David H. Lawrence (1885-1930)
In the evening there are two persons sitting in the room: a man and a woman. The woman is a pianist and singer. The man is the poet himself. The woman is playing on the piano and singing at the same time. Her song takes the poet back to his early childhood. He supposes that he is a very small baby sitting under the piano.
His mother is singing and he is pressing her feet. But she does not feel disturbed by her son’s behavior. She smiles at him and goes on playing. The poet knows that it is his romantic past. He wants to live in the present facing the reality. But the woman is very clever at singing. Her song is so sweet and her playing is so skillful. The poet wants to control himself, but he cannot. This time he goes back to his boyhood. He supposes that he is in his warm and comfortable room. It is very cold outside. It is Sunday evening (holy day). All his family members are there. They are singing hymns. The piano is guiding them.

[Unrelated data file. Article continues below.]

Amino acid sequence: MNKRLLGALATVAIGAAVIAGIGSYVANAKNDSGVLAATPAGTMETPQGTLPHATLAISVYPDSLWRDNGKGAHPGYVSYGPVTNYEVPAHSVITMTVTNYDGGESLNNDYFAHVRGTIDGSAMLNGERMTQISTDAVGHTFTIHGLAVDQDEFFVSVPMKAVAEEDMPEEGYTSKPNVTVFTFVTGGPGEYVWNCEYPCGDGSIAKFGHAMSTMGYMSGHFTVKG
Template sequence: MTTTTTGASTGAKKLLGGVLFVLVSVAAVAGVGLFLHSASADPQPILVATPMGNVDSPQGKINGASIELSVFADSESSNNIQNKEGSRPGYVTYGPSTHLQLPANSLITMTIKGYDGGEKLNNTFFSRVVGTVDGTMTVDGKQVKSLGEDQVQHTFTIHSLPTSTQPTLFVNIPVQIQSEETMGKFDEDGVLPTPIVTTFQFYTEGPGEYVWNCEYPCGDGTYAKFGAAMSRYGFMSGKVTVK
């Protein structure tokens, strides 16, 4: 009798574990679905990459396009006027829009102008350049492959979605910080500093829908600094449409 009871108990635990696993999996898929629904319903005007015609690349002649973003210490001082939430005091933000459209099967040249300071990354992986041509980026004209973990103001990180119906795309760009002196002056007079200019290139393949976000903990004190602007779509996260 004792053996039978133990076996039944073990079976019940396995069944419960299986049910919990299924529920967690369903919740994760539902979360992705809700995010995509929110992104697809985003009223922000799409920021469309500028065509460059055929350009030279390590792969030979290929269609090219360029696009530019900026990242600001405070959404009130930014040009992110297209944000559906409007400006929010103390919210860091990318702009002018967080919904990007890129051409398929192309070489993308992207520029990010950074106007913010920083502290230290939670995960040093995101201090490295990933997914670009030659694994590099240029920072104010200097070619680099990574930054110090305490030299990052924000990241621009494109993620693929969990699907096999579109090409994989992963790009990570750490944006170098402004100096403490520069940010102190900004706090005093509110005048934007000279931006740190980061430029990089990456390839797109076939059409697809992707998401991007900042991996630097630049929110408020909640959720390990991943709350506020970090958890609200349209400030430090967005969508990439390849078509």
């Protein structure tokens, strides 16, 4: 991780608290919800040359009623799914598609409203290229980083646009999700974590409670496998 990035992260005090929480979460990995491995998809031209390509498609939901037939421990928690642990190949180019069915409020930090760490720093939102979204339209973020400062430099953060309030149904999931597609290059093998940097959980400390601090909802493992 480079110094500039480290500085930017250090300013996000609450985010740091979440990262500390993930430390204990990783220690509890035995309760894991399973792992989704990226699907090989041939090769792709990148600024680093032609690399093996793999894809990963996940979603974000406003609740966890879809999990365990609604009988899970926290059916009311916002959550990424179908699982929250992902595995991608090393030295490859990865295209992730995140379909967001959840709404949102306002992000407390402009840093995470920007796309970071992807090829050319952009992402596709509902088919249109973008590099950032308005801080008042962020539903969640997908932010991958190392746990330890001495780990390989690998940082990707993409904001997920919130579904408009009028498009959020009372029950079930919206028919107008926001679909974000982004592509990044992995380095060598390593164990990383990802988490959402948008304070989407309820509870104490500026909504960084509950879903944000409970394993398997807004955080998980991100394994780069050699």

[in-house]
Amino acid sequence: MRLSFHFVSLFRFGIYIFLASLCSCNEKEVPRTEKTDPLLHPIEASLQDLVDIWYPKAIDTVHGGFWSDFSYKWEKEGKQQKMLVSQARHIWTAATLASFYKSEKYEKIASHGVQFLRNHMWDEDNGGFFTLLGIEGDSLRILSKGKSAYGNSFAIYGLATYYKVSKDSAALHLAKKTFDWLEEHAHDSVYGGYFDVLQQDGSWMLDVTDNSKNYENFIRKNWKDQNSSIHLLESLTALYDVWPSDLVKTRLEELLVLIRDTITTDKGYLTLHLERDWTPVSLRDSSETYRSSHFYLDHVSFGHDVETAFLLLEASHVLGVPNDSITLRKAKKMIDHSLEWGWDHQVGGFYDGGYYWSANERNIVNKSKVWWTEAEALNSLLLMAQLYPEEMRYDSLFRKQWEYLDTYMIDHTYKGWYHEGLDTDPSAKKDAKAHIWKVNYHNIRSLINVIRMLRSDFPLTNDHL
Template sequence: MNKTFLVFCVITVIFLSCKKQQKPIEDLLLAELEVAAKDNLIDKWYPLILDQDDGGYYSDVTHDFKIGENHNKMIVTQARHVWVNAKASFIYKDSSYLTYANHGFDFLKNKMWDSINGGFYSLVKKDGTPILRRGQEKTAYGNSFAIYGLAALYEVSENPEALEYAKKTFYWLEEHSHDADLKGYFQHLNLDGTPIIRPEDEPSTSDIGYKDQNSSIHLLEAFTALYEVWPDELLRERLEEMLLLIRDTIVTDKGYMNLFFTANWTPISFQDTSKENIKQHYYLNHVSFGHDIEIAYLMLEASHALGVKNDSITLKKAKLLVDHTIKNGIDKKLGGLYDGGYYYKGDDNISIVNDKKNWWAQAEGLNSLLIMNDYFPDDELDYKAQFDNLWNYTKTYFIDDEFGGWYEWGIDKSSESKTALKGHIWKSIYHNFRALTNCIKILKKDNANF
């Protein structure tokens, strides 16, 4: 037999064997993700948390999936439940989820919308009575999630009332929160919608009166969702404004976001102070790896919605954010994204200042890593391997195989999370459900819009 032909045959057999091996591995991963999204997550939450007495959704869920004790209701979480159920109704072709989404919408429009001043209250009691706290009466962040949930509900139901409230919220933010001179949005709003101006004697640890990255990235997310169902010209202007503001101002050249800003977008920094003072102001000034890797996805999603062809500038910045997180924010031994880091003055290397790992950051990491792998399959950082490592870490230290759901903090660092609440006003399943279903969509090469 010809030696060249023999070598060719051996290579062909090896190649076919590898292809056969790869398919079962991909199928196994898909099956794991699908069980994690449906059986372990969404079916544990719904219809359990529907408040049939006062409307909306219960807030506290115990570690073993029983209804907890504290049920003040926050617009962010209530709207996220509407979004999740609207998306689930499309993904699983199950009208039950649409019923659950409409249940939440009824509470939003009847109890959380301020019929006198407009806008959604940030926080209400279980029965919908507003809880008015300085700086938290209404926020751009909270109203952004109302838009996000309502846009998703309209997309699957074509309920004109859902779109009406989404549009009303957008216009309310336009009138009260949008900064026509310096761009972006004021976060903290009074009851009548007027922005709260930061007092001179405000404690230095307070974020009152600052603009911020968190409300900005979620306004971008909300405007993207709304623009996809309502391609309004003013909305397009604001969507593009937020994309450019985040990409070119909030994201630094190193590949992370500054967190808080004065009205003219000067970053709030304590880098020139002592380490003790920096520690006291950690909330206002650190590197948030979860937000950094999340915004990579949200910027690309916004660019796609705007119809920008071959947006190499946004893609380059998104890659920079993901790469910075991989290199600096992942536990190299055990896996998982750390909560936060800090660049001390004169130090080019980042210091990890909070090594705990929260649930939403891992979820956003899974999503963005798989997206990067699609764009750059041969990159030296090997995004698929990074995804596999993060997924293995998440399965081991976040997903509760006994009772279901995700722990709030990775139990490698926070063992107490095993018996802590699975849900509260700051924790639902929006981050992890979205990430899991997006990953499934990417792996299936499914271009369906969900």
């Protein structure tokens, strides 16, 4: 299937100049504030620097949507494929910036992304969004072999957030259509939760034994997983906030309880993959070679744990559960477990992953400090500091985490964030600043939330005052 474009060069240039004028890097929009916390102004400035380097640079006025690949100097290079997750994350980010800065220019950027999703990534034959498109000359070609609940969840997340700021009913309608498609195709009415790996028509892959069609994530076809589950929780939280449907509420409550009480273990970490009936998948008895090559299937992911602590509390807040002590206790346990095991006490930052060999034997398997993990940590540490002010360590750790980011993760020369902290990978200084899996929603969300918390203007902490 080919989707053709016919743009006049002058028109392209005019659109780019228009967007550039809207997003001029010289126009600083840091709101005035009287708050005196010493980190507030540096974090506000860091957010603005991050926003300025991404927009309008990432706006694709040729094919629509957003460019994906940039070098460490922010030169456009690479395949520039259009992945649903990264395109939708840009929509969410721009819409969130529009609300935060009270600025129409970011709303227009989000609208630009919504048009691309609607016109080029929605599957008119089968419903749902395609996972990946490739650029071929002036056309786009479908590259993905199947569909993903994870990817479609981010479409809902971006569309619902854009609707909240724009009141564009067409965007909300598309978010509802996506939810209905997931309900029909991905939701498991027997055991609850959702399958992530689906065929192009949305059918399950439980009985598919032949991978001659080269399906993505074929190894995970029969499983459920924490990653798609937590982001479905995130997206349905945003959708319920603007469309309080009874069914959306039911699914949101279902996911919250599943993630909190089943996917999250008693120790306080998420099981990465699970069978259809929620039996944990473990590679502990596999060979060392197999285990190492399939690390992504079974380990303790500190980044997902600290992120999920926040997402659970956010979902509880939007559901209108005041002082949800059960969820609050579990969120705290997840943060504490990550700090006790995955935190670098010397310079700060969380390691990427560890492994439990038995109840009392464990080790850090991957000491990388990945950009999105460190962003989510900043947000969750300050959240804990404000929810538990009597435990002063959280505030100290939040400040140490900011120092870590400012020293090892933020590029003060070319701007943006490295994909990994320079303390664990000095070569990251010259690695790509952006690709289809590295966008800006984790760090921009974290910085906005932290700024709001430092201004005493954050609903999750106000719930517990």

Now the song has done its task, that is, to take the poet back to the happy past. He does not like to listen to the music. He wants to become lost in his happy memory. He likes to forget the present completely. Therefore, he feels that the woman’s song is the shout. Her music is no longer sweet. It is useless for her to play the piano with deep feelings. He is very happy with his childhood memories. Now he does not like to become a man. He throws his manhood and begins to cry like a child.